Deduction... Abduction... Something like God.
Here is a four step deductive cosmological argument...
1: If time / space infinity is impossible, then the universe began to exist.
2: Time space / infinity is impossible.
3: The universe began to exist.
4: If the universe began to exist, then the begining of the universe was an event.
6: The begining of the universe was an event.
7: All events have causes.
9: The begining of the universe had a cause.
10: If the begining of the universe had a cause, then the begining of the universe was caused by either god, or something analogously powerful to god.
12: The begining of the universe was caused by either god, or something analogously powerful to god.
Now, in one sense, this is a pretty weak conclusion 'something like god caused the universe to exist' ... 'something like god'. Of course, in another sense... this is a signifcantly important idea... as... if it turns out to be true, this says something important about the fundamental nature of the universe.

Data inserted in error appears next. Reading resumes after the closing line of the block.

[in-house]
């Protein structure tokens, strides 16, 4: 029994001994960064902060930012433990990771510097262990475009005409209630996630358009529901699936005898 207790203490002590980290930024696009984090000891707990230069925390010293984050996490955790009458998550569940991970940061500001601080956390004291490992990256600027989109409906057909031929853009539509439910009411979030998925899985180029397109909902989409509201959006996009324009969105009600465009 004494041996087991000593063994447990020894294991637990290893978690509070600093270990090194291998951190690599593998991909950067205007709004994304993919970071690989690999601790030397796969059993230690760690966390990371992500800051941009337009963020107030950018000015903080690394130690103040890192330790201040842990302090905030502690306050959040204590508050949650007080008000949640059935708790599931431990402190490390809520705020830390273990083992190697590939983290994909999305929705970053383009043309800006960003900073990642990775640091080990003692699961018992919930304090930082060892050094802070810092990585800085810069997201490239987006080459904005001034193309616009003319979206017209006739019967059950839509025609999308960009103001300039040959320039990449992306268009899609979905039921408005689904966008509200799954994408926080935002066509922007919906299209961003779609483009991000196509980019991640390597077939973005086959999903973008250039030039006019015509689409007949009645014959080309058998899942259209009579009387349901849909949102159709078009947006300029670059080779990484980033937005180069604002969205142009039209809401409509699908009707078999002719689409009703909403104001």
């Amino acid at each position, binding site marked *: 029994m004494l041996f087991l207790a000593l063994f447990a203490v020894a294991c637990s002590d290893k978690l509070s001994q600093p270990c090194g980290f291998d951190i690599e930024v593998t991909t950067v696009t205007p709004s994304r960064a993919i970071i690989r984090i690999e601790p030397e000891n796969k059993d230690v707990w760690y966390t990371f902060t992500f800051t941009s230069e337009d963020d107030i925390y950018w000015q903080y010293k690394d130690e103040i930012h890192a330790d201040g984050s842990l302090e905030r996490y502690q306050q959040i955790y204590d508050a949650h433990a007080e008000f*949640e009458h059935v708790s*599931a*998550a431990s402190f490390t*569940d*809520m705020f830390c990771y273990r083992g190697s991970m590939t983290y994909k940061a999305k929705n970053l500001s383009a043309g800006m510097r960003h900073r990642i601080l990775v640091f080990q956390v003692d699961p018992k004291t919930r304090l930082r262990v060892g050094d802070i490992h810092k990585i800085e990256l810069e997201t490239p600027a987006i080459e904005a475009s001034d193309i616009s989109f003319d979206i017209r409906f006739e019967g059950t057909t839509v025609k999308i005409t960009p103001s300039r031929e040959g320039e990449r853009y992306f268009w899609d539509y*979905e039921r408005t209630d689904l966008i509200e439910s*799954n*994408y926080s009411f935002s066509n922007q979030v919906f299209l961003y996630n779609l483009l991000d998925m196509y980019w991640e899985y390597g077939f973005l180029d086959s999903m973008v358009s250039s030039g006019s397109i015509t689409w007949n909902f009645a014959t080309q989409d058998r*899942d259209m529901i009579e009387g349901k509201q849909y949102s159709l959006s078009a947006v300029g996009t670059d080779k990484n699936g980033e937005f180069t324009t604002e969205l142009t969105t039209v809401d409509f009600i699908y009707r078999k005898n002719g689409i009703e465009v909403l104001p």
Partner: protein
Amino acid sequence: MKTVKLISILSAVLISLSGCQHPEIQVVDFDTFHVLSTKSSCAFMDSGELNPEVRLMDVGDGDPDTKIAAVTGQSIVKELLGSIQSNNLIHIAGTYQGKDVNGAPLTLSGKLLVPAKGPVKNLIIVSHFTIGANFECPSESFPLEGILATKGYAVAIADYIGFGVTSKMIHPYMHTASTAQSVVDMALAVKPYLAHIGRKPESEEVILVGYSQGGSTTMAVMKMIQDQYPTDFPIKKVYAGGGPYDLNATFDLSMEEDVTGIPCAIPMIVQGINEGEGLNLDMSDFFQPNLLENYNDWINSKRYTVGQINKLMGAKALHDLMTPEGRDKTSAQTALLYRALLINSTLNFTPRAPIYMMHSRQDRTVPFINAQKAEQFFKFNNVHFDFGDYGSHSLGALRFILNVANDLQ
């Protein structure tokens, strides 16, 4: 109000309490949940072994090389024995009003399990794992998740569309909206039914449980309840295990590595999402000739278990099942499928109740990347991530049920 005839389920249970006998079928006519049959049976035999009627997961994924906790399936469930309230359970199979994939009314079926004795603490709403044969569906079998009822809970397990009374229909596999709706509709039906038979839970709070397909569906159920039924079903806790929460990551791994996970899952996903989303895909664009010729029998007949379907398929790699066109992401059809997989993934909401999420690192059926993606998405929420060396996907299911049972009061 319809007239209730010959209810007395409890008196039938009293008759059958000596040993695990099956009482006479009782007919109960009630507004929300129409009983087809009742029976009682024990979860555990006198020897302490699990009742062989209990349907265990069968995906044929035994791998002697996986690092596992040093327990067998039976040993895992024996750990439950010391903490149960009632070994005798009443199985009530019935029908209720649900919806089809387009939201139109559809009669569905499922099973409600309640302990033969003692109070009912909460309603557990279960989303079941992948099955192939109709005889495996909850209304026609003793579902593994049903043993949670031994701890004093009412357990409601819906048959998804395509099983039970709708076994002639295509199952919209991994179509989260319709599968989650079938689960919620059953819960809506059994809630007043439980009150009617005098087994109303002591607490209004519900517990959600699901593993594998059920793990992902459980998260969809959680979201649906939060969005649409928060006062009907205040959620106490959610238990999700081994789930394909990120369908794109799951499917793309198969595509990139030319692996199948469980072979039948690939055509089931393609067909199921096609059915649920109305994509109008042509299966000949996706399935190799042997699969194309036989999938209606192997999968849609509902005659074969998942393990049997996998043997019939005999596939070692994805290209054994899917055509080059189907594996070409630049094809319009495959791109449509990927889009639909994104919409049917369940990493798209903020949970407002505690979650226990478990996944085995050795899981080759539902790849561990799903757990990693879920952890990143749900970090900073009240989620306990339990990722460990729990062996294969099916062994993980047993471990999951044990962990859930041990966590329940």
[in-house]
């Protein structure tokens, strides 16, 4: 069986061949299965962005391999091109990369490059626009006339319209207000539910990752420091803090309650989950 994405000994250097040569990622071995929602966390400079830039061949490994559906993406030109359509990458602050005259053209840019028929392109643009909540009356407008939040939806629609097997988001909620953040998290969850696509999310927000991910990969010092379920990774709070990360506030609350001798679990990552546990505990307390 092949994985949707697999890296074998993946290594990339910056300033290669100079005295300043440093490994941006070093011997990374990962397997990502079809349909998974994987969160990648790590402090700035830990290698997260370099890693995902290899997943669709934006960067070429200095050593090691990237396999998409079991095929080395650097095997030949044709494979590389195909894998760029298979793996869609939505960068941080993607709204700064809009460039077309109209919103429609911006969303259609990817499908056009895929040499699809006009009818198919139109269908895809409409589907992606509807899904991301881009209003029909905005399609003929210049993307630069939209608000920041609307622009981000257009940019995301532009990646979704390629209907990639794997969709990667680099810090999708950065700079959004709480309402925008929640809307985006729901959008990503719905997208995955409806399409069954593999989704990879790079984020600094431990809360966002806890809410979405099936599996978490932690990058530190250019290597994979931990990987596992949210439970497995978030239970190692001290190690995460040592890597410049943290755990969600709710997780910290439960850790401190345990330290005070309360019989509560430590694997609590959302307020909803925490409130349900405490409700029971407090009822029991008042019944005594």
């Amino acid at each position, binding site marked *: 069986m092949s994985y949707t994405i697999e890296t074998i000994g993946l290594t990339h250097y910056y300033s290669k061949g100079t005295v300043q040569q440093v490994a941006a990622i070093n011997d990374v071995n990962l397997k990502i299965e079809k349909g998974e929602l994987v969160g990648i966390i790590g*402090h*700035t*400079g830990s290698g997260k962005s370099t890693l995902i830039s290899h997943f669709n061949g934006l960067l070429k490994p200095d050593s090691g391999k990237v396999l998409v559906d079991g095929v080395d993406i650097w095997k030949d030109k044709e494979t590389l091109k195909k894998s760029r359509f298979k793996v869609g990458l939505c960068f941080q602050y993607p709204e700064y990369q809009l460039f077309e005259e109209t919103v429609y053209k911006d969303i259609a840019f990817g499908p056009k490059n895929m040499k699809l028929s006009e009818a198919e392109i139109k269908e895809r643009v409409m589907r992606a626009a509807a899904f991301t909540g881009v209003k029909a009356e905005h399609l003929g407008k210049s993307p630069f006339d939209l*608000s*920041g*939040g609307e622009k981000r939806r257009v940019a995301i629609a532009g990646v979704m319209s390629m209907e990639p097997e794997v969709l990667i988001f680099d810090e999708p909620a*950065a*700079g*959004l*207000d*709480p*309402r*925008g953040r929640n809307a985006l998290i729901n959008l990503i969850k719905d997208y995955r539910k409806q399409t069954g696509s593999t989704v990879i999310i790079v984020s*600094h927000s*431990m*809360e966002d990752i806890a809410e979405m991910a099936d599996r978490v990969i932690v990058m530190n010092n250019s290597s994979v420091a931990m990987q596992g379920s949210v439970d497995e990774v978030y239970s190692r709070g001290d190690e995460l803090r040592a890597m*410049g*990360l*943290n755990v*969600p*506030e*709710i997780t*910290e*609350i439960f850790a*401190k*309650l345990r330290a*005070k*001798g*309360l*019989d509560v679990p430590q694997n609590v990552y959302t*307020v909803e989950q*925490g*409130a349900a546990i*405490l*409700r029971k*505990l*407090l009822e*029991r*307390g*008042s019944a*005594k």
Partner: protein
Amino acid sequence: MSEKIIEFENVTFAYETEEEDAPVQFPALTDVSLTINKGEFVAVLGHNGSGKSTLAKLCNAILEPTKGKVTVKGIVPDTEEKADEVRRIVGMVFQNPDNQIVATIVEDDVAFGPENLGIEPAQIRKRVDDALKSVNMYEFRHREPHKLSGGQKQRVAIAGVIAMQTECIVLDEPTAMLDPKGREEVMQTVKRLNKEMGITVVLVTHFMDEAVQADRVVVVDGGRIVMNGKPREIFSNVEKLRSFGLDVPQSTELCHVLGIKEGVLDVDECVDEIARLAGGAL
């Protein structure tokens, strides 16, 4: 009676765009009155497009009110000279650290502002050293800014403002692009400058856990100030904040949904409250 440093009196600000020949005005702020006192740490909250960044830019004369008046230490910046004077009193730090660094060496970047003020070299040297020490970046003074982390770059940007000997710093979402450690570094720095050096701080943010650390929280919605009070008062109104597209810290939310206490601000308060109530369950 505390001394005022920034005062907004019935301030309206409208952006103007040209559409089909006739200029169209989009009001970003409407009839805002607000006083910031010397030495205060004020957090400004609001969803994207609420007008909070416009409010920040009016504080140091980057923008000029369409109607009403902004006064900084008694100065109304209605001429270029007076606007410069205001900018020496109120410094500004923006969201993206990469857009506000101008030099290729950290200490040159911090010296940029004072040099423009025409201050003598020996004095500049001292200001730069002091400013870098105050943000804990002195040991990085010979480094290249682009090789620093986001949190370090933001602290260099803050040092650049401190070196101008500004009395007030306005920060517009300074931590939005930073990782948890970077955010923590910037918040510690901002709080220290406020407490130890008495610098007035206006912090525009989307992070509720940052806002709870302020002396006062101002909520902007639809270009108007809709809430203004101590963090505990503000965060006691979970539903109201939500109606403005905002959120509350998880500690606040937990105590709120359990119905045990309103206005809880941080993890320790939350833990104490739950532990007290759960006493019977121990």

Of course, being a deductive argument... all one needs to do to remain skeptical of the conclusion is to 'pick off' one of the premises. If a skeptic can do that, they have properly 'defeated' the inference(s). Now, I am not suggesting that there are no premises in this argument that we couldnt raise worries about... there certainly are. Howerver, it seems that the explanation of the denial of these premises, though they will be coherent... they will be significantly more complicated... unnecessarily complicated... than the affirmation of the premise in question. Maybe what I have in mind isnt formally demonstrable... but at least, (for instance) it takes more mind bending to try to imagine time / space infinity than it does to simply affirm 2.
This is just to say... if we employ this deductive, cosmological argument... its not that it is free from attack, just that the attack will be less simple than the premises themselves. ... IF this is the case, then the 'reasonable' thing to do would be to affirm the arguments conclusion.